Posts Taged bears

Bears are Active in the Adirondacks Long Lake

If you have a bear conflict and need immediate attention
In Long Lake NYS Forest Ranger Melissa Milano 518-312-3982
Or call ECO Jared Newell (518) 257-9690

Bear encounters that include any break ins or property damage should be reported to Ray Brook NYS DEC Region 5 by calling NYS DEC Region 5 Dispatch to report 518-897-1326 and press 5.

Bears have been very active in Long Lake, NY and in our surrounding Adirondack communities.

To minimize the risk of a bear encounter the NYSDEC recommends taking your garbage to the dump daily.

Do not store garbage in cans outside of your homes.
Remove Bird Feeders
Secure Garbage to Prevent Human-Bear Conflicts.
Clean all outdoor grills, do not leave any residue behind
Do not store or leave pet food outdoors
Bears are opportunistic feeders and will remember where they find easy food, then return to that location frequently
Intentionally feeding black bears is illegal.
Anything with an odor can attract a bear.
Mask garbage odors with ammonia soaked rags
Remove grease cans and filters after each use
Do not operate fridges outside or on outdoor porches -bears can smell what is inside

While camping:
Keep your campsite as clean as possible
Do not leave coolers or food out at any time.
Do not keep food or scented items in your tent
Treat toiletries as food items.
Clean up after meals immediately.
Keep pans/pots/utensils clean when not in use
Do not put grease, diapers, cans bottles or other refuse into a campfire

In Backcountry
Use Bear Resistant Canisters – Hoss’s has some available to rent or purchase
Pack and eat a minimal amount of food
Cook and eat before dark
Cook away from your campsite
Be neat and clean while cooking, avoid spills
Avoid leftovers
Never leave food unattended

If you have a human/bear conflict
Some situations call for DEC Wildlife staff to go afield to assess or resolve the problem. These situations include bears causing serious property damage, entering homes or buildings.

If you have a bear conflict and need immediate attention
In Long Lake NYS Forest Ranger Melissa Milano 518-312-3982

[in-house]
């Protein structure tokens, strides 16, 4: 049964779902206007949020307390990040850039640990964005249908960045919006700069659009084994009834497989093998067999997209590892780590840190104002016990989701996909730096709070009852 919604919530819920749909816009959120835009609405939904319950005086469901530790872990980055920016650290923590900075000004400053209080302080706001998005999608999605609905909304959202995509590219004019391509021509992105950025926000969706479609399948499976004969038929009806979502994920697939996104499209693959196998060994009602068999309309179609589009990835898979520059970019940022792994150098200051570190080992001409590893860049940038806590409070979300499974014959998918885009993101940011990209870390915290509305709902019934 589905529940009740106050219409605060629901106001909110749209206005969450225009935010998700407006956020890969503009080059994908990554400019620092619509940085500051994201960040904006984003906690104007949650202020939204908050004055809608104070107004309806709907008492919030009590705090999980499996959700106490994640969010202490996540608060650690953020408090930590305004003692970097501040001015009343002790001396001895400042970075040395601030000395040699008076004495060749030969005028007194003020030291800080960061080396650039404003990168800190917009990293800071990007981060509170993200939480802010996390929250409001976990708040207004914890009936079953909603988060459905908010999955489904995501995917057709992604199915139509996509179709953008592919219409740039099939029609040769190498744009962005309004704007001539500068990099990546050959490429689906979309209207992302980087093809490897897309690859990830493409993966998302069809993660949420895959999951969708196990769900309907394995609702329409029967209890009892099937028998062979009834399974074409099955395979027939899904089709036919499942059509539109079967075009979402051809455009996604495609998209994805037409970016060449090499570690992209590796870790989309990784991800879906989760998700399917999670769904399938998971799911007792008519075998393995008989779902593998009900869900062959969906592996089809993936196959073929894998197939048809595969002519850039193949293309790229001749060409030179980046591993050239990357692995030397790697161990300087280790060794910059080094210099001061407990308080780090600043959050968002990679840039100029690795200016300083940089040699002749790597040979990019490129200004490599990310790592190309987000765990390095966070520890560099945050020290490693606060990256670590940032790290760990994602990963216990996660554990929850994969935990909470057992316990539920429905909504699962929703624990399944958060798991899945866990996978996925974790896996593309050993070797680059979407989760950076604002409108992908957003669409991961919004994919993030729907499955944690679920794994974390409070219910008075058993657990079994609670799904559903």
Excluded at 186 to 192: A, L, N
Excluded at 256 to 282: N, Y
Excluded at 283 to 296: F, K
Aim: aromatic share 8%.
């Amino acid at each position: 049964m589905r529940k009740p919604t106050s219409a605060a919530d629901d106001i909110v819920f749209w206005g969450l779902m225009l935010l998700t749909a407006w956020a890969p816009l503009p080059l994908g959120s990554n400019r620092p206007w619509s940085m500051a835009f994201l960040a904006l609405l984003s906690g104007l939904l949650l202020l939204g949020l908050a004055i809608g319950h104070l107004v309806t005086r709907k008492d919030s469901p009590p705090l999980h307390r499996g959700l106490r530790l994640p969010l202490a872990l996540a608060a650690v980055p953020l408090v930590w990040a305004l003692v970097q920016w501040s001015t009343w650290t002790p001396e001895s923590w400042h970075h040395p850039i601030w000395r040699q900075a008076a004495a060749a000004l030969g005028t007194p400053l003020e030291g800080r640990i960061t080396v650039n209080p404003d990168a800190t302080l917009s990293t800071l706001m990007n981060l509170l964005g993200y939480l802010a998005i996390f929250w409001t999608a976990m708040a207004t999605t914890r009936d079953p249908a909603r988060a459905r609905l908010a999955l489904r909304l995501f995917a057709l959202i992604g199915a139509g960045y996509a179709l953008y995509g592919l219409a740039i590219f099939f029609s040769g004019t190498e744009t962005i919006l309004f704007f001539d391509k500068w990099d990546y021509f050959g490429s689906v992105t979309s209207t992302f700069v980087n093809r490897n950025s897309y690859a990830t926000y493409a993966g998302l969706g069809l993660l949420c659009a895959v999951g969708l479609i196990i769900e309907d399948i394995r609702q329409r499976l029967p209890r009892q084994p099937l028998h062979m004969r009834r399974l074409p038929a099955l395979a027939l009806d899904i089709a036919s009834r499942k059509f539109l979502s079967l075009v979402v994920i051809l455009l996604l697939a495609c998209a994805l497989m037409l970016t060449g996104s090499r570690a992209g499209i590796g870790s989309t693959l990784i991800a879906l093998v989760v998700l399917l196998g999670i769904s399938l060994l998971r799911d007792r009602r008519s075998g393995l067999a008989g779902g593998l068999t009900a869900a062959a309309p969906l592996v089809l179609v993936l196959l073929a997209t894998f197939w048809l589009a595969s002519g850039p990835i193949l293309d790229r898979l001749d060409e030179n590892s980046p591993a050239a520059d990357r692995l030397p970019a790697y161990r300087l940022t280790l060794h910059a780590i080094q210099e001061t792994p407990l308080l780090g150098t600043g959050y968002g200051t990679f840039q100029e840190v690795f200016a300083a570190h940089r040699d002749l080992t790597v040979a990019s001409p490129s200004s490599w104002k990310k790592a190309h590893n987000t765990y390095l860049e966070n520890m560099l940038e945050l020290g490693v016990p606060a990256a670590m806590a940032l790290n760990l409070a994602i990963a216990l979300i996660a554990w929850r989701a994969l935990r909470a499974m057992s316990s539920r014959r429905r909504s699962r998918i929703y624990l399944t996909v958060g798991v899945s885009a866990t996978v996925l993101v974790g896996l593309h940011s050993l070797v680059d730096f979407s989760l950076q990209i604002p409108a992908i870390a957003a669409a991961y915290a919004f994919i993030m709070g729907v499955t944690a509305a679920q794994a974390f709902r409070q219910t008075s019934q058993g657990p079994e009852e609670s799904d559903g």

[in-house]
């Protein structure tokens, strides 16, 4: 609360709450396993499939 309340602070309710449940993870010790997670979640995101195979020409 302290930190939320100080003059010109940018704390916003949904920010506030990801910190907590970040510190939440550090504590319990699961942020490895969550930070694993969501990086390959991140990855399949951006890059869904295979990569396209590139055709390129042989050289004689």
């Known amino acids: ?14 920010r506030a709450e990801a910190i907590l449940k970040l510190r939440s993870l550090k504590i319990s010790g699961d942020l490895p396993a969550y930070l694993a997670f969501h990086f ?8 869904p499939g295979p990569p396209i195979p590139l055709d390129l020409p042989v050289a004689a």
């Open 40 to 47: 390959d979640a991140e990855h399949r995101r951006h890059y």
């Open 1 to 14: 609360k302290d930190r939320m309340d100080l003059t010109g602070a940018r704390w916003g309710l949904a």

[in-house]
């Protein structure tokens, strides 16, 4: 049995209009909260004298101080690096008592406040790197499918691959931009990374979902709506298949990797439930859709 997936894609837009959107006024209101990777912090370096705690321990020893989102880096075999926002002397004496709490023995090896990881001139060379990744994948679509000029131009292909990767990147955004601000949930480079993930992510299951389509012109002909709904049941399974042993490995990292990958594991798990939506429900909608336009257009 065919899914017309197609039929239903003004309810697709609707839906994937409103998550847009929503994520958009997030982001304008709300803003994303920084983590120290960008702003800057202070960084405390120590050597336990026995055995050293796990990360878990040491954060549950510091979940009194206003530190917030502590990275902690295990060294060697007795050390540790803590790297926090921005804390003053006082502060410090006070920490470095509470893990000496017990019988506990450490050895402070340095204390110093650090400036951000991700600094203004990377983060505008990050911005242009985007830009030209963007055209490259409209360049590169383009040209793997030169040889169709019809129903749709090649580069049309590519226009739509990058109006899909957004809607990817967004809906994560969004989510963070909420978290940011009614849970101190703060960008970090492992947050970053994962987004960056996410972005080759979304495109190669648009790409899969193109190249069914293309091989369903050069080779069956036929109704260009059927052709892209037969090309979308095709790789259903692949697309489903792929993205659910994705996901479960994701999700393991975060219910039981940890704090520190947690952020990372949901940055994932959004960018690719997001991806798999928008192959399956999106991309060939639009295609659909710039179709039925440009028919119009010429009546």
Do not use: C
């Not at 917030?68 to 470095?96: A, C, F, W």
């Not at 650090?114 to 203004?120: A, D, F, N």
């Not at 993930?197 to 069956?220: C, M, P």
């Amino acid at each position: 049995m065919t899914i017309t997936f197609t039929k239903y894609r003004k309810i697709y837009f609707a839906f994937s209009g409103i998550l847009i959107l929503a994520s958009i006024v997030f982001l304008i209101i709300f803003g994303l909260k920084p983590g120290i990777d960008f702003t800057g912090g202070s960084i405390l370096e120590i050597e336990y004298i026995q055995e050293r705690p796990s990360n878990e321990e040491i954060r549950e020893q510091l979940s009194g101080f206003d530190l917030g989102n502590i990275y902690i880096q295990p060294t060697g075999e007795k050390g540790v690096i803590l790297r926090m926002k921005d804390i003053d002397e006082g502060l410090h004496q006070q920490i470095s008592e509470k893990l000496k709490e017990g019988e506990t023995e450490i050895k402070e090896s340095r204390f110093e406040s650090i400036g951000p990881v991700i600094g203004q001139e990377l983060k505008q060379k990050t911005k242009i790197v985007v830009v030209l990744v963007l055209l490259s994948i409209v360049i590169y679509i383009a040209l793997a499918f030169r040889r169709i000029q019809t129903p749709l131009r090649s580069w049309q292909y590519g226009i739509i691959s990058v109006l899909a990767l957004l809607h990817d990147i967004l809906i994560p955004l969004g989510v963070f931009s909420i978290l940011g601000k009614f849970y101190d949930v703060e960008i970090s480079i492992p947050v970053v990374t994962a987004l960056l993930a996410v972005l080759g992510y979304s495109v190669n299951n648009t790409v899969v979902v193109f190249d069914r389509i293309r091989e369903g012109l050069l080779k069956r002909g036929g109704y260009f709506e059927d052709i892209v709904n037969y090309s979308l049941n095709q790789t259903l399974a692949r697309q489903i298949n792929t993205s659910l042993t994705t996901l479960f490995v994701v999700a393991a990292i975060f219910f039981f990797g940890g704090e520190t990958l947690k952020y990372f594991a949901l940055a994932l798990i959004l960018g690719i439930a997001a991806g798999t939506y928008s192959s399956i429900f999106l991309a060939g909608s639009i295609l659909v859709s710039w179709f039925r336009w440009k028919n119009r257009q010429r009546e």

Or call ECO Jared Newell (518) 257-9690

Bear encounters that include any break ins or property damage should be reported to Ray Brook NYS DEC Region 5 by calling NYS DEC Region 5 Dispatch to report 518-897-1326 and press 5.

To immediately deter a bear that may be approaching your home

Add noise from a radio, a barking dog or lights and noise activated by a motion detector such as a Critter Gitter may assist in deterring bears. 

Bears are often attracted to the proximity of homes by the odors and availability of foods, garbage, compost, bird feeders, pet food, gardens or barbecue grills. Once accustomed to being near homes, some bears are attracted into the homes by the same odors.

Black bears are extremely adept climbers and readily seek refuge in a tree. Whether frightened by humans, dogs, noise or any other unnatural activity, treeing is a normal escape/danger reflex, especially for younger bears. Bears do not get stuck in trees, and can (and will) come down when they determine that the danger or threat no longer exists. The presence of curiosity seekers is perceived as a threat to the bear, and accordingly, the bear will remain in the tree until such time as they believe that the threat has passed.

Normally shy and secretive, black bears will often go to great measures to avoid contact with humans. However, there are instances where bears do not or cannot avoid coming into proximity with humans.

Whenever it is possible, remove any food attractions, followed by a thorough sanitizing of the area with ammonia or other disinfectant. The landowner should be prepared to follow up with indirect negative conditioning (noise devices of duration such as hand held air horns, banging pots together or electronic motion detectors with audible noise making attachments).

One of the most common bear-related problems is that of a bear getting into garbage at a family residence. This is one of the most common problems because every family residence has waste food in various amounts and types, nearly all of which are very attractive to bears in the area. People normally store garbage in garbage bags and/or garbage cans, but this alone is not adequate to prevent problems with bears.

Always recommend double-bagging garbage and placing in a clean garbage can with an air freshener or an ammonia-soaked rag. Remember, garbage cans by themselves are not secure enough to deter a bear. Suggest storing garbage cans inside a building away from windows and doors. A screen porch is not adequate.

Frequently remove garbage from the premise. Advise the homeowner to take all garbage to the normal final disposal area as frequently as possible, especially during warm weather. Bears are most likely to seek garbage from April through November.

Bears quickly learn to look for garbage in any plastic bag or garbage can.


When dealing with portable gas or charcoal grills, the attraction is easily reduced by cleaning and relocating the grill to a secure location.